Invasive Species Compendium

Detailed coverage of invasive species threatening livelihoods and the environment worldwide

Abstract

In vitro invasion capacity of Salmonella Typhimurium DT9 isolates sourced from humans and layer hen environments.

Abstract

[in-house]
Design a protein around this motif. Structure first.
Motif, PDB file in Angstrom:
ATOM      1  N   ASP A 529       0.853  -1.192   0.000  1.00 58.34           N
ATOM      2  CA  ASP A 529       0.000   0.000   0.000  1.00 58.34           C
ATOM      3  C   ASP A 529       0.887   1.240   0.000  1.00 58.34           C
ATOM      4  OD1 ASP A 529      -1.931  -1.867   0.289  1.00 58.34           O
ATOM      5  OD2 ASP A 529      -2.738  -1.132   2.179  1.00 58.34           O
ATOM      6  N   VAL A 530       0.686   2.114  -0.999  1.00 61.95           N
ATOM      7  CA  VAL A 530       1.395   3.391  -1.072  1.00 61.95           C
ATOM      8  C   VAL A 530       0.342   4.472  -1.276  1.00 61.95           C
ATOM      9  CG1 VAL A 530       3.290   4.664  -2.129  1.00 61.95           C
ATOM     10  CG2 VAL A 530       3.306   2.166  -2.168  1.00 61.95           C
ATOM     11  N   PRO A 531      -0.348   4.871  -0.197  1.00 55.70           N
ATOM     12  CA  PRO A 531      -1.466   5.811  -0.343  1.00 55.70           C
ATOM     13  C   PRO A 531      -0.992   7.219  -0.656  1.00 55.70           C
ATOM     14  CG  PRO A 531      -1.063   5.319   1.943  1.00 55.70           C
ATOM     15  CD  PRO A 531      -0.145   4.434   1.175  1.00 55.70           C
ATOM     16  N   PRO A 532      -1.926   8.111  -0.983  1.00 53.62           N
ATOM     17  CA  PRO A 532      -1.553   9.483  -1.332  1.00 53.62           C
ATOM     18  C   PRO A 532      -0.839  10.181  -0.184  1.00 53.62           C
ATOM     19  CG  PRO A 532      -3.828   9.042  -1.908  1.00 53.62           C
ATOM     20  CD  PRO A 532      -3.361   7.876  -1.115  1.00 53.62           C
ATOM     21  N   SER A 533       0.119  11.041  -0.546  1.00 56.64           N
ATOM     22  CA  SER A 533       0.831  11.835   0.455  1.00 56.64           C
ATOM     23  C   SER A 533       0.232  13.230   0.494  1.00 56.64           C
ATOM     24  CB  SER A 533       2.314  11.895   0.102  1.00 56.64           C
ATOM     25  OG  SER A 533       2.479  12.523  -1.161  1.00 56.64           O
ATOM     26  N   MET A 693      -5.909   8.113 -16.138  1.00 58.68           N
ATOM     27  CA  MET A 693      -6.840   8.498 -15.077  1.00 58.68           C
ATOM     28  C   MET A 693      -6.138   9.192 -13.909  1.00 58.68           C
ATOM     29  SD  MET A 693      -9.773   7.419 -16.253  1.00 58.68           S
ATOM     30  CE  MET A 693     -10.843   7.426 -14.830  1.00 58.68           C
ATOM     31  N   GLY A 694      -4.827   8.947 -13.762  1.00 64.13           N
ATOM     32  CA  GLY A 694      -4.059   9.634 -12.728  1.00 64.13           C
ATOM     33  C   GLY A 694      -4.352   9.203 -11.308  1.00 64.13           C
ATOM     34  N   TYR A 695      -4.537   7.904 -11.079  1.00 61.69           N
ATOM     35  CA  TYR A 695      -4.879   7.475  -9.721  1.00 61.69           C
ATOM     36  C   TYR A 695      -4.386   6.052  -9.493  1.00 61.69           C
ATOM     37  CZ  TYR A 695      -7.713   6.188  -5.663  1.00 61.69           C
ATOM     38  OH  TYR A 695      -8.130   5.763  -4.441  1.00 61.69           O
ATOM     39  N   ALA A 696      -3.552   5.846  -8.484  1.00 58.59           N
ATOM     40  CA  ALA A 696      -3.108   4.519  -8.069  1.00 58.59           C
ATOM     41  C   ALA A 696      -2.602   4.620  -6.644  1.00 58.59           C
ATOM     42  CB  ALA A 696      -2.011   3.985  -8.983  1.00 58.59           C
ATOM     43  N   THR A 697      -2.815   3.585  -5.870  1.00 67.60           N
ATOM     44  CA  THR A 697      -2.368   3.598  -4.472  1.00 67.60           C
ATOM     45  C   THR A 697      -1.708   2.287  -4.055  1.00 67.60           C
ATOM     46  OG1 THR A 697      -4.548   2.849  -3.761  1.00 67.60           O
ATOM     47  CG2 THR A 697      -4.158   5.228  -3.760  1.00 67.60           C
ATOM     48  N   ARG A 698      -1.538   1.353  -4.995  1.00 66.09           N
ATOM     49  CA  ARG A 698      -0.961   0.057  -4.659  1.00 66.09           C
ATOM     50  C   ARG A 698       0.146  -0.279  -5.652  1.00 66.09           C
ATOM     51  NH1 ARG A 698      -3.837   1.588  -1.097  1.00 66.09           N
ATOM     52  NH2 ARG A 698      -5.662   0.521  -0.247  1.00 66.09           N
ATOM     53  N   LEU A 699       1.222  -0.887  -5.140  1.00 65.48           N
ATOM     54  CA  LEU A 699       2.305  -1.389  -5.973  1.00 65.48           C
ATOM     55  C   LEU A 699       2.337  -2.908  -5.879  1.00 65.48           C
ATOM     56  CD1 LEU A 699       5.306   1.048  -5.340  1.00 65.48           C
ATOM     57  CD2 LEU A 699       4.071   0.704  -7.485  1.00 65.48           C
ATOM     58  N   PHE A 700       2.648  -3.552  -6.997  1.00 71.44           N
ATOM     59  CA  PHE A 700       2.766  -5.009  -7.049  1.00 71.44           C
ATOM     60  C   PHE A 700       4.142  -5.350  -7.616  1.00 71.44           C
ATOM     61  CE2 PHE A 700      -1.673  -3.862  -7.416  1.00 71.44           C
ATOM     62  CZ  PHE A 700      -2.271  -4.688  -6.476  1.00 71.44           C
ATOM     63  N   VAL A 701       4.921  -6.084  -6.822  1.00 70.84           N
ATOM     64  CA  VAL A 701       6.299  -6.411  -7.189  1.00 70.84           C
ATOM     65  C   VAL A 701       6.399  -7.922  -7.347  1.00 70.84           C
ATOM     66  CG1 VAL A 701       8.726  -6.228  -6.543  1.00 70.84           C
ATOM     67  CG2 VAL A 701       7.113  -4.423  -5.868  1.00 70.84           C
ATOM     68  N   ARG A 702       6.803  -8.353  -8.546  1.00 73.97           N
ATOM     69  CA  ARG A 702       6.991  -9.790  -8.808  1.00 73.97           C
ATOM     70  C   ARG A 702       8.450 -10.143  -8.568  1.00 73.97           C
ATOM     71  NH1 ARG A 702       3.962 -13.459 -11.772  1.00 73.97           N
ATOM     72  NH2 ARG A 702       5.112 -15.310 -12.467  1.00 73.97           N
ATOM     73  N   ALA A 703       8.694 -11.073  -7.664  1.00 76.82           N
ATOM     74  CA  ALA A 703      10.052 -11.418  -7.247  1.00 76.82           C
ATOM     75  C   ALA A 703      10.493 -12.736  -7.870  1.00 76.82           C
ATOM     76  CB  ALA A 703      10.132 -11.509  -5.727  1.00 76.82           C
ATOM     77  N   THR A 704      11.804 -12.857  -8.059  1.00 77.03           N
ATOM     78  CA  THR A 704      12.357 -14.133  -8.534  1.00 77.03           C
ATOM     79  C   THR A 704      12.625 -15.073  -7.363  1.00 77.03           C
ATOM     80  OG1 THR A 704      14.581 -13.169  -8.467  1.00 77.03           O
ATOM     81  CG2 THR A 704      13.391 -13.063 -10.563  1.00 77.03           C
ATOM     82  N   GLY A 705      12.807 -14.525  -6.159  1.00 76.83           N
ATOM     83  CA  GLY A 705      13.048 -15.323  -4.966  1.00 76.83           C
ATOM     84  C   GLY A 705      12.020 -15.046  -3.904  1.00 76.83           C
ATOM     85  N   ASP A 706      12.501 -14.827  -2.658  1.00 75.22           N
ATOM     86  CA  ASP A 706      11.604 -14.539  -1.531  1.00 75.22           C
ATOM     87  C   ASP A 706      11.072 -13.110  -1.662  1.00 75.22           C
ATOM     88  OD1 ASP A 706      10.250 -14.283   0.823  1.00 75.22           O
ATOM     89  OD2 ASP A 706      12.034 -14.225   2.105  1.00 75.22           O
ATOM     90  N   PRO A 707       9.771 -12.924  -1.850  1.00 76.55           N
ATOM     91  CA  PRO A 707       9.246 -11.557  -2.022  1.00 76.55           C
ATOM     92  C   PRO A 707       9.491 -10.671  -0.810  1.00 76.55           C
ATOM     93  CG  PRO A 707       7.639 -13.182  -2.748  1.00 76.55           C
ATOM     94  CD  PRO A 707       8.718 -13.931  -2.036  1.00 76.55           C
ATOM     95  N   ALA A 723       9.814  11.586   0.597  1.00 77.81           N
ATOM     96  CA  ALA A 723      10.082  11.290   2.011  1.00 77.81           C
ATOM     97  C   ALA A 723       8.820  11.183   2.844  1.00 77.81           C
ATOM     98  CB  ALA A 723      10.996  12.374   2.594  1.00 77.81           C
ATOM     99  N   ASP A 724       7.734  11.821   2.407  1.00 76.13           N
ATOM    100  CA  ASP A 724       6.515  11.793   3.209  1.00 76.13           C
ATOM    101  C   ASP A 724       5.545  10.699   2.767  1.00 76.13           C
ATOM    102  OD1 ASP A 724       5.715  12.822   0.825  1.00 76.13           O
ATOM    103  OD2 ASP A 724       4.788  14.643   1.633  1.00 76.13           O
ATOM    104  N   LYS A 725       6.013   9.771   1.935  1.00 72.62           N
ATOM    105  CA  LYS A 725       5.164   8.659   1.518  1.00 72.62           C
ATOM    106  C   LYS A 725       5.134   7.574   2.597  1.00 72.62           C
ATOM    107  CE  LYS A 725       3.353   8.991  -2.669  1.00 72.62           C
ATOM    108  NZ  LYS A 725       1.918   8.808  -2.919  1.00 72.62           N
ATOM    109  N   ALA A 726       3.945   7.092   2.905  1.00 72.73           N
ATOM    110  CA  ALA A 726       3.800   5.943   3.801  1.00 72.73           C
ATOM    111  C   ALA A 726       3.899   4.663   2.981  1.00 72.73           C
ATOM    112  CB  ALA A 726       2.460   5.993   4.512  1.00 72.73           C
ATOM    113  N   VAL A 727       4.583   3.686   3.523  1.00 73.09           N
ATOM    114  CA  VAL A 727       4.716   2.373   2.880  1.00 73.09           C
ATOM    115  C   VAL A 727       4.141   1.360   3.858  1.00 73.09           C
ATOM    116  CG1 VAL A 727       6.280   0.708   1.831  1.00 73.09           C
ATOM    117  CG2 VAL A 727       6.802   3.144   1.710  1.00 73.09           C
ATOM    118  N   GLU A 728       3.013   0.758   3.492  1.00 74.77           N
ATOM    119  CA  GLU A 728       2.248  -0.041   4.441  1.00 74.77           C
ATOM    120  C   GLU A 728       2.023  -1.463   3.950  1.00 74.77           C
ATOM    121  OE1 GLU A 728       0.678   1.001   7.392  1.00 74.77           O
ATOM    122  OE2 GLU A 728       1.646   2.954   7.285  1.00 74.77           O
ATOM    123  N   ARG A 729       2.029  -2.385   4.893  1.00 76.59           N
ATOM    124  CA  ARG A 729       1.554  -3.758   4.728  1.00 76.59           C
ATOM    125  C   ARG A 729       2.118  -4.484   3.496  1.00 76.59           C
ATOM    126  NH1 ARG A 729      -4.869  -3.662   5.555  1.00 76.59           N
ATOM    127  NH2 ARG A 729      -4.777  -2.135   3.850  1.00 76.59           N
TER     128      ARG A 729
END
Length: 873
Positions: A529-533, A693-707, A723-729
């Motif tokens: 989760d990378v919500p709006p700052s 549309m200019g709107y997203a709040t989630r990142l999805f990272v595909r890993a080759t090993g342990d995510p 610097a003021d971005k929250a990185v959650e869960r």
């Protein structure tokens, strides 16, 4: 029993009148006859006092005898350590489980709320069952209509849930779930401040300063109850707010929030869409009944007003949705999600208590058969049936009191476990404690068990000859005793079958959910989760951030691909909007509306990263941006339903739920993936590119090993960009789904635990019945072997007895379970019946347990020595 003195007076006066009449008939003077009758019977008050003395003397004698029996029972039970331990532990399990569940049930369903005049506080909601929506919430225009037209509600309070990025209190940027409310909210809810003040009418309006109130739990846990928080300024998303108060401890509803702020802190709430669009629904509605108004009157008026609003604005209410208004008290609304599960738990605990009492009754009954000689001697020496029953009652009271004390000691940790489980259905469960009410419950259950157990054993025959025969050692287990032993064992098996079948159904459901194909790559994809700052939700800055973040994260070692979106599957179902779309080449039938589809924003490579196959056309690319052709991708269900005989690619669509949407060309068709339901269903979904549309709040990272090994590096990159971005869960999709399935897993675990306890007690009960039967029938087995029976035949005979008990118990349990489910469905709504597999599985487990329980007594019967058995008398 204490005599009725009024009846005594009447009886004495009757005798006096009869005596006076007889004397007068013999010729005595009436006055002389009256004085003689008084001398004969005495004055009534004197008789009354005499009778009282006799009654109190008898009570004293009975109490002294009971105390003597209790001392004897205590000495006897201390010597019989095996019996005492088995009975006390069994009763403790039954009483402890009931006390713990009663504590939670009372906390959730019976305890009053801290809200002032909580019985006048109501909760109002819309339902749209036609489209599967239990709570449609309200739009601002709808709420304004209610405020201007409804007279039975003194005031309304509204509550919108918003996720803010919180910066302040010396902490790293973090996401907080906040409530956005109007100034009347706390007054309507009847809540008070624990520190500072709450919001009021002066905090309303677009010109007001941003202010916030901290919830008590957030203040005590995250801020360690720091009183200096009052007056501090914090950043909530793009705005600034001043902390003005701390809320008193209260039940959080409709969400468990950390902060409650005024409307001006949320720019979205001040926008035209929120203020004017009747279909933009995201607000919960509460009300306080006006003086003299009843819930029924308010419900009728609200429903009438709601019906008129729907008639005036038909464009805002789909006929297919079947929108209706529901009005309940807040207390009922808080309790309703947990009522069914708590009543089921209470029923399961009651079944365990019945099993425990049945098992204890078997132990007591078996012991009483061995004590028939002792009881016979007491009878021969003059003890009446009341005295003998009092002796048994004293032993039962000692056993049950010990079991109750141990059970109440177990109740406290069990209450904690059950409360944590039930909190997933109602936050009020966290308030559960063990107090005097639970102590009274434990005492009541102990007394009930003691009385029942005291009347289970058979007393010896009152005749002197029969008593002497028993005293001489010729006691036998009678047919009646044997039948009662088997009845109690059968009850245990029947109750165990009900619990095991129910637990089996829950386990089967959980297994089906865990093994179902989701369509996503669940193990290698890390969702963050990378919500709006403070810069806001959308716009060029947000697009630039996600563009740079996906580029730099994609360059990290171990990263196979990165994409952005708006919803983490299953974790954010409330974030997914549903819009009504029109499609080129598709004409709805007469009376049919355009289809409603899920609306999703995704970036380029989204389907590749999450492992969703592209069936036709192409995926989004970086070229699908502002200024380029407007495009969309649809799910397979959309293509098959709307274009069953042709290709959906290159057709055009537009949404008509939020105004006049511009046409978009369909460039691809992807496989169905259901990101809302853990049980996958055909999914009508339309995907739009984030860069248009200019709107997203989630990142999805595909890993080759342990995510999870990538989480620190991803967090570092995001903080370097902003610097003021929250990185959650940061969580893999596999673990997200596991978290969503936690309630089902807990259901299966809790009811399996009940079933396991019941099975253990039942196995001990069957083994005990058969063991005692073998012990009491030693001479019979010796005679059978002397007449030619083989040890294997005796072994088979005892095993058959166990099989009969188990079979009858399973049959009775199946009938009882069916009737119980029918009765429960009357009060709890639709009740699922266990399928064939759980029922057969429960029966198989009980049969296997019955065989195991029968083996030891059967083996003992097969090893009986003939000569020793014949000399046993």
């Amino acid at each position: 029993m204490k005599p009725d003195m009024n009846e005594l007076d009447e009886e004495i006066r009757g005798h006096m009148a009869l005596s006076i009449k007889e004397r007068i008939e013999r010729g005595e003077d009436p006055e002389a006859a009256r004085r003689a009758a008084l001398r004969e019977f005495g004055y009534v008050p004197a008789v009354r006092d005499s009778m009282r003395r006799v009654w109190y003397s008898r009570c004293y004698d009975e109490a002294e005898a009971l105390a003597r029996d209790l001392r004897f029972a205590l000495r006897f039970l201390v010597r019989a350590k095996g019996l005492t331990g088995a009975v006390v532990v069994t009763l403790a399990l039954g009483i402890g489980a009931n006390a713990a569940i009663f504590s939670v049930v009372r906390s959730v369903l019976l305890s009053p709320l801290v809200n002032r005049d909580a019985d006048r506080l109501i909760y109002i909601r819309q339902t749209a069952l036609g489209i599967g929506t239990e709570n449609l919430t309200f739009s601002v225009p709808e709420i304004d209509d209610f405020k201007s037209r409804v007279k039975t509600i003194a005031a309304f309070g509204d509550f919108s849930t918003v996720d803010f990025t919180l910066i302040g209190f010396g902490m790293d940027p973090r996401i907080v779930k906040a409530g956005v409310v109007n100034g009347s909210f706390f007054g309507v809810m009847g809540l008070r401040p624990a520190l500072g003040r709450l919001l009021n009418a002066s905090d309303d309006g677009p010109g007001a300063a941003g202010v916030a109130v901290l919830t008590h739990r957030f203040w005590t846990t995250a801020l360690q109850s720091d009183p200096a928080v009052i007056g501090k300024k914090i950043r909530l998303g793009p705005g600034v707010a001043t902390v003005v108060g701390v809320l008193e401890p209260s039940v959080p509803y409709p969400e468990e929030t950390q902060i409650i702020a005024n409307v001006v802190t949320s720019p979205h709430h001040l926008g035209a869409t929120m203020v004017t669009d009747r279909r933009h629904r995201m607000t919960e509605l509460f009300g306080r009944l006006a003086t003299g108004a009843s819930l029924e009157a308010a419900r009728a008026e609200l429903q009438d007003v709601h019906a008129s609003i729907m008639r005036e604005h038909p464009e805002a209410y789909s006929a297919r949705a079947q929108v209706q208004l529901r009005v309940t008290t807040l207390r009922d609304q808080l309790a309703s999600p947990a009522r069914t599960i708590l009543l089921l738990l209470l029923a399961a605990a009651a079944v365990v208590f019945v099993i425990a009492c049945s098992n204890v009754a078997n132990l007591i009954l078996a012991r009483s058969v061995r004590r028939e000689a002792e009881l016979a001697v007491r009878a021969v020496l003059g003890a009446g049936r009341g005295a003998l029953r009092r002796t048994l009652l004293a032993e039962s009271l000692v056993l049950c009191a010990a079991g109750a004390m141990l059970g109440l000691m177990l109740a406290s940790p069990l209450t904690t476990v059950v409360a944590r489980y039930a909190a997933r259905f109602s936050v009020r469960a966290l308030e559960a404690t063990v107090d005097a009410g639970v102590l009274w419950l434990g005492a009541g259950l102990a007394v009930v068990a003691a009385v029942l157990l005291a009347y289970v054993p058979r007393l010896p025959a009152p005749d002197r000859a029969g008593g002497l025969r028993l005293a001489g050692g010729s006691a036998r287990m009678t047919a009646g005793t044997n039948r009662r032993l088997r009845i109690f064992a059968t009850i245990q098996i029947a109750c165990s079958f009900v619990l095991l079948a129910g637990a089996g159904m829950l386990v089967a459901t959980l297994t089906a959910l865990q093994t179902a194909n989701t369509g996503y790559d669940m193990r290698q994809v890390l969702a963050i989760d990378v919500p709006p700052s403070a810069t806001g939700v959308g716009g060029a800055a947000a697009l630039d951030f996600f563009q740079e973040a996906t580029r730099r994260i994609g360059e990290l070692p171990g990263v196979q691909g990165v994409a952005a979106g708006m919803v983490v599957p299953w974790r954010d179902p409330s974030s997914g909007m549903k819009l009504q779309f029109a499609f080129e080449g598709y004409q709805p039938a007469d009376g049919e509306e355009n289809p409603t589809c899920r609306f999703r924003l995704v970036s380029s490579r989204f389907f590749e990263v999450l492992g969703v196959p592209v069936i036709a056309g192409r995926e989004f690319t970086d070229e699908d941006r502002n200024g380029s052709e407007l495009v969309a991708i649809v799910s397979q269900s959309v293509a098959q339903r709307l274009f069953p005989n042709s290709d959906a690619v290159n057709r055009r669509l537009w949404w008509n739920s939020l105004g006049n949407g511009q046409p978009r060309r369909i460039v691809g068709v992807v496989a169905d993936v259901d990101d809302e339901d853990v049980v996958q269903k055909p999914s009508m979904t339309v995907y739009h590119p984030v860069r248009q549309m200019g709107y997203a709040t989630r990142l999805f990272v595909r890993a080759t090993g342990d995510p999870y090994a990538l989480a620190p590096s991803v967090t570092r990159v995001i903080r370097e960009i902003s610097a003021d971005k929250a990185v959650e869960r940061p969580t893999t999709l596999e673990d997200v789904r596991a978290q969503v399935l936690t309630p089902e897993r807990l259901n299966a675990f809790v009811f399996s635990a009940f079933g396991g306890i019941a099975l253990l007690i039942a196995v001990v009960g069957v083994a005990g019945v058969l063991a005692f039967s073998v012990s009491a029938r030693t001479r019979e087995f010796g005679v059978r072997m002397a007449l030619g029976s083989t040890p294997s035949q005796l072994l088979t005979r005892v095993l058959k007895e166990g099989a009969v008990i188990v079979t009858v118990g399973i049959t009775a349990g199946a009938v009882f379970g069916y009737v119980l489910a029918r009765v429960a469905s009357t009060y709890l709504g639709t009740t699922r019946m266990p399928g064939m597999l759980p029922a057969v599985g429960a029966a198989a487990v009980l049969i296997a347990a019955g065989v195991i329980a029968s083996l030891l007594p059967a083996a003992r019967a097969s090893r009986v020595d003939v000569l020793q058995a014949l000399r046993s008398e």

In Australia, Salmonella Typhimurium definitive type 9 is frequently isolated during foodborne outbreaks of salmonellosis. Multiple-locus variable number tandem repeat analysis (MLVA) trace back investigations frequently identify isolate distribution patterns that may be epidemiologically linked to disease outbreaks. In this study, the in vitro virulence potential of S. Typhimurium DT9 isolates possessing different MLVA patterns (03 15 07 11 550, 03 24 11 10 523, 03 15 08 11 550 and 03 14 08 11 550) isolated from either humans or layer hens was assessed using a human colon carcinoma cell line. Four strains per MLVA from each host for a total of 32 isolates were included in these experiments. Bacteria were grown to stationary phase and added to cells at a multiplicity of infection of 100. Across all isolates, mean percent recovery ranged from 7.1±1.1 to 33.3±7.1%. The layer hen isolate, KC900 (MLVA profile 03 15 08 11 550), exhibited the greatest invasion with a mean percent recovery of 33.3±7.1%. Overall, layer hen isolates of S. Typhimurium DT9 had significantly higher invasion into Caco2 cells than human isolates (p=.0021). RAPD and enterobacterial repetitive intergenic consensus genomic fingerprinting was also performed. Irrespective of source, the SalmonellaDT9 isolates included in this study exhibited similar fingerprint patterns.